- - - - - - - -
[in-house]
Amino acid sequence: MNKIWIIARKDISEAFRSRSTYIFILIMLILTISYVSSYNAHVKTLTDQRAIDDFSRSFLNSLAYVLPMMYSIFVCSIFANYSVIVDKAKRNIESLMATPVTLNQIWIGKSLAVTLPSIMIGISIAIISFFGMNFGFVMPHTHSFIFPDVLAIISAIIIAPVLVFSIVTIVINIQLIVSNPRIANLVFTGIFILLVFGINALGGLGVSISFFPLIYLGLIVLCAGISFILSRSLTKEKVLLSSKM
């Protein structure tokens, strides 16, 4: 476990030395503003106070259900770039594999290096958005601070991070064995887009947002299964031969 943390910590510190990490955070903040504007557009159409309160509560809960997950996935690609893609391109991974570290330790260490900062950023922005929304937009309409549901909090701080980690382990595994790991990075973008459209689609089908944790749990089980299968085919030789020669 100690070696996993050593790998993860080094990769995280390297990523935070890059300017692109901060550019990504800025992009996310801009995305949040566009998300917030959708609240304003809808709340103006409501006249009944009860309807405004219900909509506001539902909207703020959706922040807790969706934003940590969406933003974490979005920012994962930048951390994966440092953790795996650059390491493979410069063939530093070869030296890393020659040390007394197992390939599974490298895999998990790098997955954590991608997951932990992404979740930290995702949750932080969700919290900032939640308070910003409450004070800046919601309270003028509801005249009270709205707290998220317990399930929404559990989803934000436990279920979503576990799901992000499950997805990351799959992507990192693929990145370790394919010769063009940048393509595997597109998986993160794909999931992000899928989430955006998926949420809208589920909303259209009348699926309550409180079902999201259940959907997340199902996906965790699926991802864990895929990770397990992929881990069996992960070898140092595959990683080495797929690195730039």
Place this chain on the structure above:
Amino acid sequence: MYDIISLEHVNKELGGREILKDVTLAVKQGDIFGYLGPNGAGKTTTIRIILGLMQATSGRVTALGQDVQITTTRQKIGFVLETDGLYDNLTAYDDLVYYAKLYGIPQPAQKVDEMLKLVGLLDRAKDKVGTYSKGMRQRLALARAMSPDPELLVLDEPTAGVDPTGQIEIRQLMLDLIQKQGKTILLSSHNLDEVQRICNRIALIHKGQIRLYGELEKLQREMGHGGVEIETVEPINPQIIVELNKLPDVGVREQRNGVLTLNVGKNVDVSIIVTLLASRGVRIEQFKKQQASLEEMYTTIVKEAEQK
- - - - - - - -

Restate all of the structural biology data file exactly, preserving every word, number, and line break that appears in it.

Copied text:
[in-house]
Amino acid sequence: MNKIWIIARKDISEAFRSRSTYIFILIMLILTISYVSSYNAHVKTLTDQRAIDDFSRSFLNSLAYVLPMMYSIFVCSIFANYSVIVDKAKRNIESLMATPVTLNQIWIGKSLAVTLPSIMIGISIAIISFFGMNFGFVMPHTHSFIFPDVLAIISAIIIAPVLVFSIVTIVINIQLIVSNPRIANLVFTGIFILLVFGINALGGLGVSISFFPLIYLGLIVLCAGISFILSRSLTKEKVLLSSKM
């Protein structure tokens, strides 16, 4: 476990030395503003106070259900770039594999290096958005601070991070064995887009947002299964031969 943390910590510190990490955070903040504007557009159409309160509560809960997950996935690609893609391109991974570290330790260490900062950023922005929304937009309409549901909090701080980690382990595994790991990075973008459209689609089908944790749990089980299968085919030789020669 100690070696996993050593790998993860080094990769995280390297990523935070890059300017692109901060550019990504800025992009996310801009995305949040566009998300917030959708609240304003809808709340103006409501006249009944009860309807405004219900909509506001539902909207703020959706922040807790969706934003940590969406933003974490979005920012994962930048951390994966440092953790795996650059390491493979410069063939530093070869030296890393020659040390007394197992390939599974490298895999998990790098997955954590991608997951932990992404979740930290995702949750932080969700919290900032939640308070910003409450004070800046919601309270003028509801005249009270709205707290998220317990399930929404559990989803934000436990279920979503576990799901992000499950997805990351799959992507990192693929990145370790394919010769063009940048393509595997597109998986993160794909999931992000899928989430955006998926949420809208589920909303259209009348699926309550409180079902999201259940959907997340199902996906965790699926991802864990895929990770397990992929881990069996992960070898140092595959990683080495797929690195730039």
Place this chain on the structure above:
Amino acid sequence: MYDIISLEHVNKELGGREILKDVTLAVKQGDIFGYLGPNGAGKTTTIRIILGLMQATSGRVTALGQDVQITTTRQKIGFVLETDGLYDNLTAYDDLVYYAKLYGIPQPAQKVDEMLKLVGLLDRAKDKVGTYSKGMRQRLALARAMSPDPELLVLDEPTAGVDPTGQIEIRQLMLDLIQKQGKTILLSSHNLDEVQRICNRIALIHKGQIRLYGELEKLQREMGHGGVEIETVEPINPQIIVELNKLPDVGVREQRNGVLTLNVGKNVDVSIIVTLLASRGVRIEQFKKQQASLEEMYTTIVKEAEQK